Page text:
For those of you who don't know, I've been working as a business consultant for over six years. Unlike a "normal" job where I go into the same office day in and day out, I work on different projects for different companies (clients) that may or may not be in the city I live in. Every project I've been on has had me travel nearly every Monday through Thursday. Fresh out of college, my first project required me to travel to Northwestern Arkansas (NWA) every week. It was the perfect opportunity for me to learn the importance of redefining "home."
When I first heard I'd be traveling to Arkansas, I was not excited. At this point, I had made new friends, discovered new hobbies, started dating the man (who eventually became my husband) and was finally feeling settled - I felt like I finally had my place in the Houston community. I was afraid of the change that was about to take place in my life. My personal time would become dictated not just by my work hours, but also my flights and when I was physically in Houston.
My first week at the client site was a mess. I flew from Houston to Dallas, and then Dallas to Arkansas. My connecting flight to Arkansas got cancelled last minute, but thankfully I was able to fly standby on a flight 3-4 hours later, which got me to the client site after 5pm. What a wonderful first impression! The next two days (Tuesday and Wednesday) were a blur. My team sat in the basement of the client's corporate office, and the only time I saw sunlight was during my lunch break. By the time my Project Manager allowed us to leave each night (anytime after 6:30pm), the sun was already down. Meanwhile, I had no access to the client's systems, nor could I really conceptualize what I was going to be doing on this project. To top off an overwhelming week, everyone was told to re-book flights for Wednesday night rather than Thursday due to an approaching ice storm. Luckily I was able to get out of Arkansas, and the ice was so bad that we couldn't travel in the following week. Boy was I glad!
Once the holidays were over and I got into the swing of things, I almost liked traveling every week. Key word: almost. I felt like an adult - I was already beginning to accumulate travel stories, frequent flyer miles, hotel points, and (of course) great work experience. However, I felt like I was losing my sense of "home". I felt isolated and alone. Rather than dwelling on that and feeling miserable, I decided to do something about it.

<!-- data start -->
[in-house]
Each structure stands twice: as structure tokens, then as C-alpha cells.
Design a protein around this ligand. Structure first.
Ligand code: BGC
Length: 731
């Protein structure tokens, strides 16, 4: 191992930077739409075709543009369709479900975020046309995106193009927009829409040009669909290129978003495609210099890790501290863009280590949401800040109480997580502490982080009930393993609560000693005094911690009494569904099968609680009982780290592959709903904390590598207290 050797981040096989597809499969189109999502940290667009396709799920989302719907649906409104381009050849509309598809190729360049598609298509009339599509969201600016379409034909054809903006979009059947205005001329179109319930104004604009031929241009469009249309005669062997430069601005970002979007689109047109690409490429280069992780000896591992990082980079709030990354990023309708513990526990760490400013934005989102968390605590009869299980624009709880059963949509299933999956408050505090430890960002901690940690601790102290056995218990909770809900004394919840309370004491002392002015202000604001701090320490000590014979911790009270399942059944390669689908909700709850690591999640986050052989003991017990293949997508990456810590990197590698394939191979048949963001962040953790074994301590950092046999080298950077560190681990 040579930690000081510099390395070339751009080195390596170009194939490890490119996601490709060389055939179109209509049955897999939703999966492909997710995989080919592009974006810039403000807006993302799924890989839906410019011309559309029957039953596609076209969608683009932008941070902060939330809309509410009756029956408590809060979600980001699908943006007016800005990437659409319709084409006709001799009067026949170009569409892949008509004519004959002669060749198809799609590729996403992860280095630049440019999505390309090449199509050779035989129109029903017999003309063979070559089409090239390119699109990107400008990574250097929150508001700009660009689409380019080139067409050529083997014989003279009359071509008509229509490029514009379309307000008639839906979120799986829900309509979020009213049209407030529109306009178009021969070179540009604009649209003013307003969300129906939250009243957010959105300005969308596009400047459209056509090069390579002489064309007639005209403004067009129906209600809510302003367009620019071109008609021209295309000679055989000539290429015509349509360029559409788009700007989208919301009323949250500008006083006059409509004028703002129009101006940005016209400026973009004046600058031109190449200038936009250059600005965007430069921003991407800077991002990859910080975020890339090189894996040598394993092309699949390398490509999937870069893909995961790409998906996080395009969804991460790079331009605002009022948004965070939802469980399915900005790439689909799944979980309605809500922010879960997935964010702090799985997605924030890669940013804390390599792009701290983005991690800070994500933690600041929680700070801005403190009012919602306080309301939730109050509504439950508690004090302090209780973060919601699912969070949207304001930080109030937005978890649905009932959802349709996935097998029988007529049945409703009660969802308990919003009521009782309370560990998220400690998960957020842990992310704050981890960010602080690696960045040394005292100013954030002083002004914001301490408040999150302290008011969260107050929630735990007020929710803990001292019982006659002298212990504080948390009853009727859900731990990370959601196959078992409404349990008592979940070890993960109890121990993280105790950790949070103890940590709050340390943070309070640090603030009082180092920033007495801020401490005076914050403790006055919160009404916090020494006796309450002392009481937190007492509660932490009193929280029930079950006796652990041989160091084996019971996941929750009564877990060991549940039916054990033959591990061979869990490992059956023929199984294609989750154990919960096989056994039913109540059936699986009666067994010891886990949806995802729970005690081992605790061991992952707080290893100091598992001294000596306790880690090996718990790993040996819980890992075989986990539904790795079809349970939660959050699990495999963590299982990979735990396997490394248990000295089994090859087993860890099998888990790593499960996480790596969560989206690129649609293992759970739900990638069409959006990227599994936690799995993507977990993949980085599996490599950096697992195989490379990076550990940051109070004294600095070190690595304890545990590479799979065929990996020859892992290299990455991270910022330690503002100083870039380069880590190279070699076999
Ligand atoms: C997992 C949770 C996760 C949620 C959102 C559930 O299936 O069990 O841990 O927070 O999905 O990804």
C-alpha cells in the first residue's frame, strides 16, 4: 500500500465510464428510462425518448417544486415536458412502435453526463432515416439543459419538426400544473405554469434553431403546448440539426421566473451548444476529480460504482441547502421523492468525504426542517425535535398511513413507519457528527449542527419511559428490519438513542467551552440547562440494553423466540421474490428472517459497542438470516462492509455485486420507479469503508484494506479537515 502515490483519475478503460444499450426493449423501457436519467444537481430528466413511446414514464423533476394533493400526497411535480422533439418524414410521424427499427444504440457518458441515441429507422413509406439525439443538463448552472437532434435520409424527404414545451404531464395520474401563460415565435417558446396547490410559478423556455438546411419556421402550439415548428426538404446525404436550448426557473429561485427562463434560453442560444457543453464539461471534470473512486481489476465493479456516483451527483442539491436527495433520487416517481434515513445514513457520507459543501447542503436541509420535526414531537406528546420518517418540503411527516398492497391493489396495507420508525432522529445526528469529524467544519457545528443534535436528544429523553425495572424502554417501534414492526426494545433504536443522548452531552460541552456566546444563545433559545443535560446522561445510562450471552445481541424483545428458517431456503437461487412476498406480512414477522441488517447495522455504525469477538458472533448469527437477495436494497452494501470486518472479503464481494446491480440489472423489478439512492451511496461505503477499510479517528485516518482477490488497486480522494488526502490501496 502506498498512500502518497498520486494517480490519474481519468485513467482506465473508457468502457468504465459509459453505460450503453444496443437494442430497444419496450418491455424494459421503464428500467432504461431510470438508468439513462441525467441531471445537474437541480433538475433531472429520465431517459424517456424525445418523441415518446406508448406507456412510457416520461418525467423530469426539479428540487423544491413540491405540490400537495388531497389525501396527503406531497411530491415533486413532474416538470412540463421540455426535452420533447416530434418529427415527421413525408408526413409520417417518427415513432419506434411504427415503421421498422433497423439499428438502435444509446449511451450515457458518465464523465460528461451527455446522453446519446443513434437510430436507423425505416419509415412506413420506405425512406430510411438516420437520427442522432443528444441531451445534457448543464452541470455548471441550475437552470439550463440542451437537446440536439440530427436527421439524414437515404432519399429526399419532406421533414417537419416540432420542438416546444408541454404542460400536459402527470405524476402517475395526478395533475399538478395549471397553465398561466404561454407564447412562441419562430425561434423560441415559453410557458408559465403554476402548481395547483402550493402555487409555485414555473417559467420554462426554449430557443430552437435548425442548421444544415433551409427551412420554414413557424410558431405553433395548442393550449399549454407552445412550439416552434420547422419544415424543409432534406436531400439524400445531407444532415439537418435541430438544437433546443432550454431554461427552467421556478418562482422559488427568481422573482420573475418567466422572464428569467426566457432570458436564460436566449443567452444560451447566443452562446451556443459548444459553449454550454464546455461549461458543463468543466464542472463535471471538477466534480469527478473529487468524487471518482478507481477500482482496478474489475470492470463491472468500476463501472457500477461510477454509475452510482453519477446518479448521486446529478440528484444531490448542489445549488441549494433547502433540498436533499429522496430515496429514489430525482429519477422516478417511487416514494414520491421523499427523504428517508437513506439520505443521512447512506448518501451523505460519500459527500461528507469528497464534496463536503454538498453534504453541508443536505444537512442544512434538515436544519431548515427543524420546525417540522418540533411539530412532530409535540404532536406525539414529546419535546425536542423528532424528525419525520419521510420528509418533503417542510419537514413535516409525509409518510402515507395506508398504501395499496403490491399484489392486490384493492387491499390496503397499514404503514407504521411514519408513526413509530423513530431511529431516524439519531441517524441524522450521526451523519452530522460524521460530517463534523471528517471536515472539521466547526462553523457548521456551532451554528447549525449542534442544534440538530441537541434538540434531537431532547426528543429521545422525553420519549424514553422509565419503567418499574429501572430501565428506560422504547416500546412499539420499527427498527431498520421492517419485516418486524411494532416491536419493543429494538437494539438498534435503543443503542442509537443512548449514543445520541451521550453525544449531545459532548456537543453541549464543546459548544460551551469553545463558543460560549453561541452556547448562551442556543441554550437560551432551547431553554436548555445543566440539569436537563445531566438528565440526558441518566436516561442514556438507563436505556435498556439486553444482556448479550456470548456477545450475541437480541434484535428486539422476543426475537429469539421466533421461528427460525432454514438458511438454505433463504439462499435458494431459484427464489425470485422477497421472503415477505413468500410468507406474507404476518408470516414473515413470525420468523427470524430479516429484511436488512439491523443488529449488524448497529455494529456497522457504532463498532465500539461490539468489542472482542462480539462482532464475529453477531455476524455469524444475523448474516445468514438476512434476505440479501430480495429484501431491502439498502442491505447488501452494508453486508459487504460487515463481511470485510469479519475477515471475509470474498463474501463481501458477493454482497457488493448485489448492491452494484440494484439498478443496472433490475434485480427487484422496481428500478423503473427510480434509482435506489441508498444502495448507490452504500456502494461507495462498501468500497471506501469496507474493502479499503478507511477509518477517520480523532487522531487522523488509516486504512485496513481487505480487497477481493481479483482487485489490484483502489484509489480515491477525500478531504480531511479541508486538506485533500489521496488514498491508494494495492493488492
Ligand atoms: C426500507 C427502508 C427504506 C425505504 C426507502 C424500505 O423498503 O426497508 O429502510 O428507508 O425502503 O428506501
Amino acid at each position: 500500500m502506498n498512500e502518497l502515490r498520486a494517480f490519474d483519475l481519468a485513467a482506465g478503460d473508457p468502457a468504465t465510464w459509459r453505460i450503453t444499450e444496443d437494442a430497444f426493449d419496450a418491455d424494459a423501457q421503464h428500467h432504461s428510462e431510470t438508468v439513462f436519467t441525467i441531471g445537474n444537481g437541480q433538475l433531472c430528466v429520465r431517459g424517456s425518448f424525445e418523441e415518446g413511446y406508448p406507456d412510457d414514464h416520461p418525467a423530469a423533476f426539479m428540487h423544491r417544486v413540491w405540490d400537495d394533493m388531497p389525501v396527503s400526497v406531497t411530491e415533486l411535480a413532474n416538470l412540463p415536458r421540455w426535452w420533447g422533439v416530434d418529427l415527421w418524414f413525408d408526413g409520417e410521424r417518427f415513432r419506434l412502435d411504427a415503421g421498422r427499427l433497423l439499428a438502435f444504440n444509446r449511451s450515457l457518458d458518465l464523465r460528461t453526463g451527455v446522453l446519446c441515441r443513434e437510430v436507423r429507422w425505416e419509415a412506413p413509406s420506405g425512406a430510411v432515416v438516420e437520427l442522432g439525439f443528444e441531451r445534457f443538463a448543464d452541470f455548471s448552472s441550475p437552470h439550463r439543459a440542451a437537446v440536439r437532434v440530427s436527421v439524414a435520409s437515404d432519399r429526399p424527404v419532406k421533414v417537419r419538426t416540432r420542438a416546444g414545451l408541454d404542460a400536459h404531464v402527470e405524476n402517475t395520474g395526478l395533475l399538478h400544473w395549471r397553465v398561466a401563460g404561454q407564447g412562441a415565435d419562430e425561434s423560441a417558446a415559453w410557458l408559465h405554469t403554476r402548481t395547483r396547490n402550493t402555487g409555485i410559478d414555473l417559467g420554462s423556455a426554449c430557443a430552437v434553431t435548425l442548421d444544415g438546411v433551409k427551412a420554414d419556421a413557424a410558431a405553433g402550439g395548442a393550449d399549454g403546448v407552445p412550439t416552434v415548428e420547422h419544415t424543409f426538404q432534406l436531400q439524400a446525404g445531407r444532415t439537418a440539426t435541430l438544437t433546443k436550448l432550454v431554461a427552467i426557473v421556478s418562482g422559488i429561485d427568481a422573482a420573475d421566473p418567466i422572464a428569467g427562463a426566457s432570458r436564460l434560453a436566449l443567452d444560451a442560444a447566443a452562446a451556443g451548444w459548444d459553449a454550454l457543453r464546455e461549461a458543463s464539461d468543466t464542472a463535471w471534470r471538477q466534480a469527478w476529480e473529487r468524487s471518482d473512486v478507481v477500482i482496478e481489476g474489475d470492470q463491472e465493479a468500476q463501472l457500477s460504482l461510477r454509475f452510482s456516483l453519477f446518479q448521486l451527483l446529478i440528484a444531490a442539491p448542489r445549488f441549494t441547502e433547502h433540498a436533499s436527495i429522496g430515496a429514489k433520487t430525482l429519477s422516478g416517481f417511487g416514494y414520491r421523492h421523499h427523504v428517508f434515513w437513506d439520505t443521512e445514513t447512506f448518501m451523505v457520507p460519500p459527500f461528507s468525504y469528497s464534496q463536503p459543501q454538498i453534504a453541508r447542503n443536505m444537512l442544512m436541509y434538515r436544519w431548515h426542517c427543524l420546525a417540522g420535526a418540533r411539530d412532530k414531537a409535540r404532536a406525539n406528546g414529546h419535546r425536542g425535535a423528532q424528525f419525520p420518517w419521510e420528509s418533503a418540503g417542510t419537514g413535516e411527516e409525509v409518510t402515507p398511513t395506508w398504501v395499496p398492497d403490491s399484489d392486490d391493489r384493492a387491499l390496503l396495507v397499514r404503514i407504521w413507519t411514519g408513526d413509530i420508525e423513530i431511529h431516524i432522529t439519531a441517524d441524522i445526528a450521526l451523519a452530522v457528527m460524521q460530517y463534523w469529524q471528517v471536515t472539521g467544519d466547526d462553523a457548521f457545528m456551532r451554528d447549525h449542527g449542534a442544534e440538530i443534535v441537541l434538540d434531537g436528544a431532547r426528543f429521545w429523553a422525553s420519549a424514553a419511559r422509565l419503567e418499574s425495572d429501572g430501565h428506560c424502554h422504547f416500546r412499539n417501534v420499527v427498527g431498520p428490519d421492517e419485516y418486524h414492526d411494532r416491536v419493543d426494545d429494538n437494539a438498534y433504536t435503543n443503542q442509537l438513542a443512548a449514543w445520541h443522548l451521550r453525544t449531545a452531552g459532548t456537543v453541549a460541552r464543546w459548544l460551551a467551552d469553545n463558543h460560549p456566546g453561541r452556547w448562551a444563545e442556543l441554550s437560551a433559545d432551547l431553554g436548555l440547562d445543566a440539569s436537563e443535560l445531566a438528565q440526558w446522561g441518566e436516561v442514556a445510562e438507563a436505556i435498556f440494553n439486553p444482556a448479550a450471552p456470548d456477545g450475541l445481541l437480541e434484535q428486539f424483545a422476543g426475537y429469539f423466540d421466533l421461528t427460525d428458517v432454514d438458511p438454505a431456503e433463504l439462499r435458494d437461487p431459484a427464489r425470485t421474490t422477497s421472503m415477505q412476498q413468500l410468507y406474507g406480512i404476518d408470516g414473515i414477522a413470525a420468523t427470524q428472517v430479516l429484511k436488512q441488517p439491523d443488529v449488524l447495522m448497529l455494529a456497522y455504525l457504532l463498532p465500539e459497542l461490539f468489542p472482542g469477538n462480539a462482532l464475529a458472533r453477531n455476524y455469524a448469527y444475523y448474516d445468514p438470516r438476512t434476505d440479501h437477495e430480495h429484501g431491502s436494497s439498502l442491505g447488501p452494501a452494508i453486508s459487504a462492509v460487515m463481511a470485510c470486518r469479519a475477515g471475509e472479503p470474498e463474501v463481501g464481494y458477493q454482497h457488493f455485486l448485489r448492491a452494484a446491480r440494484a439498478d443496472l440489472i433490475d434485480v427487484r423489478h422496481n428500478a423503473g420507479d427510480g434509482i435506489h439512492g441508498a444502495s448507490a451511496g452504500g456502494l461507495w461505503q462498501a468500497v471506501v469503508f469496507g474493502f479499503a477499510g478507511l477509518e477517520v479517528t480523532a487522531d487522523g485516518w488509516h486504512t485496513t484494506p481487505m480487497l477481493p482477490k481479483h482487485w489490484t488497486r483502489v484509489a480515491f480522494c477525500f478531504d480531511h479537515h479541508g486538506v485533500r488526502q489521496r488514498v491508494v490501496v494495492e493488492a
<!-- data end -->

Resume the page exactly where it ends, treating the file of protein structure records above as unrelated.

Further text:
After taking a little over a month to get acclimated to the project and the travel, I began to branch out and explore. I found a small yoga studio close to work and decided to give that a try. The people I met in the classes I attended were incredibly welcoming, and the teacher went above and beyond to make me feel like I was part of the community. For a number of weeks she even let me borrow her blender so that I could make smoothies in my hotel room! And the classes themselves were some of the best yoga classes I've ever taken. Who would've thought I'd find such a powerful class and group of people in what felt like middle-of-nowhere Arkansas?! Discovering that class was a pivotal point for me, and it made me think, "What other gems can I find here?"
As time went by, I was moved to a different role and was no longer in the corporate basement. I finally experienced daylight on a regular basis and got to know more of my co-workers both on the client side and the consultant side. I ended up becoming great friends with a guy (Joe) on the client side, and after we got to know each other he said "you really need to meet my girlfriend - you guys are SO much alike." We set up a dinner where we could hang out and get to know each other more. His girlfriend, Alyssa, and I hit it off immediately. She studied psychology and sociology in college, and I studied business and sociology. How often do you come across someone who you can nerd out with about your favorite social theorists? Or someone who shares your love for the show Seinfeld? Or had an "excited" dance just like you?! She even cooked me dinner and amazing cupcakes for my birthday, and offered to take me grocery shopping when I didn't get assigned a rental car (I want to give her a huge hug just thinking about these things)! Even though they eventually broke up, my friendship with each of them continued to grow. I was definitely not expecting to come to Arkansas and make some of the strongest and most meaningful friendships I've ever had.
After a few more months of exploring and getting to know the area, I finally found the AcroYoga community in NWA. A few searches on Facebook led me to their group page, where I immediately posted looking for people to play with. Soon enough, I found myself attending a few jams here and there (whenever I had a rental car). I slowly started recognizing more of the faces and was able to teach people some new acro skills. I soon realized that the NWA acro community was fairly new, and I believed I could help support and bring new skills to the community. I eventually began teaching weekly acro classes at a local yoga studio for over a year! I could hardly believe it! I had a wonderful opportunity to share my knowledge with people I would have never met if it weren't for my job.
Instead of wasting away in my hotel room and missing all of the things I have going on in Houston, I made a life for myself in Arkansas. Making friends outside of work, helping grow the acro community, and simply doing the things I love made me feel at home. I've learned that "home" doesn't need to be a location. So much of “feeling at home” is determined by the people you surround yourself with. I can be home wherever I go! It took some searching, but it made all the difference finding my Arkansas friends and (acro) family that I could come home to every Monday through Thursday.